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Analytical accuracy of the handheld PICO monitoring device during emergencies
  1. Walter Sylvain Renier1,
  2. Koen Erard2,
  3. Marc Sabbe3,
  4. Ives Hubloue4,
  5. Jan Y Verbakel1,5,
  6. Bert Aertgeerts1,
  7. Frank Buntinx1,6
  1. 1 Department of Public Health and Primary Care (General Practice), KU Leuven, Leuven, Belgium
  2. 2 Department of Cardiology, Sint-Jan Hospital, Brussels, Belgium
  3. 3 Department of Emergency Medicine UZB, University Hospital Brussels, Brussels, Belgium
  4. 4 Department of Emergency Medicine UZL, University Hospital Gasthuisberg, Leuven, Belgium
  5. 5 Nuffield Department of Primary Care Health Sciences, University of Oxford, Oxford, UK
  6. 6 Care and Public Health Research Institute (CAPHRI), Maastricht University, Maastricht, The Netherlands
  1. Correspondence to Dr Walter Sylvain Renier, Department of Public Health and Primary Care (General Practice), KU Leuven, Leuven 3000, Belgium; walter.renier{at}


Introduction General practitioners (GP) use few technical devices during emergency situations. They have to recognise which patients have a life-threatening disease in order to treat or refer them appropriately. Monitoring by a wearable device could help GPs while waiting for the emergency physician to arrive. The PICO monitor is a handheld monitoring device, capable of registering five routine parameters and small enough to be carried in the GP’s bag. We aim to determine the analytical accuracy of the PICO monitor in adults, comparing the recorded vital signs and ECGs of the PICO with those of a standard emergency department (ED) monitor.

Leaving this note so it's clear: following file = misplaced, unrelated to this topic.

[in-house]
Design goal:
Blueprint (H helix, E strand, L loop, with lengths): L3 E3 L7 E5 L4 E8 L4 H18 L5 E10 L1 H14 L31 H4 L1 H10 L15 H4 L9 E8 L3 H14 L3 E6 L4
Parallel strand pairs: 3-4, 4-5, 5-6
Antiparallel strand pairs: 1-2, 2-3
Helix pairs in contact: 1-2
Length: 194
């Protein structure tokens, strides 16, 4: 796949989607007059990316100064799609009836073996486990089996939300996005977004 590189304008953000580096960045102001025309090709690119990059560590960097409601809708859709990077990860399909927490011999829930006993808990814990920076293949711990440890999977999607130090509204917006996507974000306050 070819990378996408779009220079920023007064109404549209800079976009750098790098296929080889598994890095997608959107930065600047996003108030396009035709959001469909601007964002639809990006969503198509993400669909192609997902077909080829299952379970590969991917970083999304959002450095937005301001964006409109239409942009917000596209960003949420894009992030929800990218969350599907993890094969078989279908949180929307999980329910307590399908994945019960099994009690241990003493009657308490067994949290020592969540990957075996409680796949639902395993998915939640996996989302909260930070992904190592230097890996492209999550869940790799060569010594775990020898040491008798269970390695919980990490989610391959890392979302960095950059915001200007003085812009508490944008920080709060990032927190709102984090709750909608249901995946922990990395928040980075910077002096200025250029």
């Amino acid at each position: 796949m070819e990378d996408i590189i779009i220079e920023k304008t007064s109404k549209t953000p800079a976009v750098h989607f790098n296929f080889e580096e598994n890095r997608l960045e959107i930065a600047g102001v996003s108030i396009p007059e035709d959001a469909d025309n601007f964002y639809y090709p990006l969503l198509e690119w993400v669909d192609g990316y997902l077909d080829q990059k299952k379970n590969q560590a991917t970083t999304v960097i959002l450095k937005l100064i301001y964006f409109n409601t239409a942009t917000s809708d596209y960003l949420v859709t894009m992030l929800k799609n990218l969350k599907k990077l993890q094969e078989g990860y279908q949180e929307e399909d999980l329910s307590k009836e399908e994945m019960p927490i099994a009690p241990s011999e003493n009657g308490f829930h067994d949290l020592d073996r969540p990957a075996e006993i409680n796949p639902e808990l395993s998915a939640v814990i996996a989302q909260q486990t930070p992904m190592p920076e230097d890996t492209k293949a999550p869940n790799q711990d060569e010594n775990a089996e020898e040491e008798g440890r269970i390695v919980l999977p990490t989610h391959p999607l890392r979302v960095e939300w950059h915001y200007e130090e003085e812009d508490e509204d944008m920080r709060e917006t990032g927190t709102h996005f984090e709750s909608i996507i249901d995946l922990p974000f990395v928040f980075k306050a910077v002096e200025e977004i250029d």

Methods Adult (≥18 years) patients, admitted on two inpatient university EDs in Belgium, were recruited. We recorded the SpO2, heart rate (HR), respiration rate (RR), temperature (T°) and 5-lead ECGs. We analysed the correlation and agreement between the continuous and dichotomous variables of the PICO and the ED monitors.

Results We included 226 patients (84% of 268 approached), mean age 66 years, 61% were men. The Bland and Altman analysis confirmed the good accuracy, giving a nearly perfect agreement for SpO2 (difference —0.9%), for HR (−1.5 beats), for RR between the monitors (0.1 breaths), for RR between the manually counted and the PICO or the monitor (respectively 0.2 and 0.0 breaths), also confirmed by the regression analysis (Passing-Bablok). Analysis of 219 ECG records provided a near perfect agreement between the devices (kappa respectively 0.61–0.80 and 0.81–1.00) for the most important ECG abnormalities. In none of the comparisons, differences were clinically relevant.

Conclusion We were able to confirm the analytical accuracy of the PICO monitor in comparison with the ED monitors. The PICO monitor can be considered a reliable device for monitoring patients during emergencies by GPs and even in ambulances or EDs as a mobile alternative.

  • emergencies
  • general practitioner
  • emergency physician
  • monitoring
  • respiration rate

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  • Contributors WSR was the investigator and author, and submitted the study. EK was the cardiologist for protocoling the ECGs. MS was the head of the ED of UZLeuven, made the study possible in his ED and reviewed the document. IH was the head of the ED of UZBrussel, made the study possible is his ED and reviewed the document. JYV reviewed the study and the language. BA was the copromotor, responsible for the overall content and is coresponsible for the study planning. FB was the promotor, responsible for the overall content and is coresponsible for the study planning.

  • Funding The authors have not declared a specific grant for this research from any funding agency in the public, commercial or not-for-profit sectors.

  • Competing interests None declared.

  • Patient consent for publication Obtained.

  • Ethics approval The ethical review board of the KU Leuven and of the Vrije Universiteit Brussel approved the study (Belg Regnr B322201629922).

  • Provenance and peer review Not commissioned; externally peer reviewed.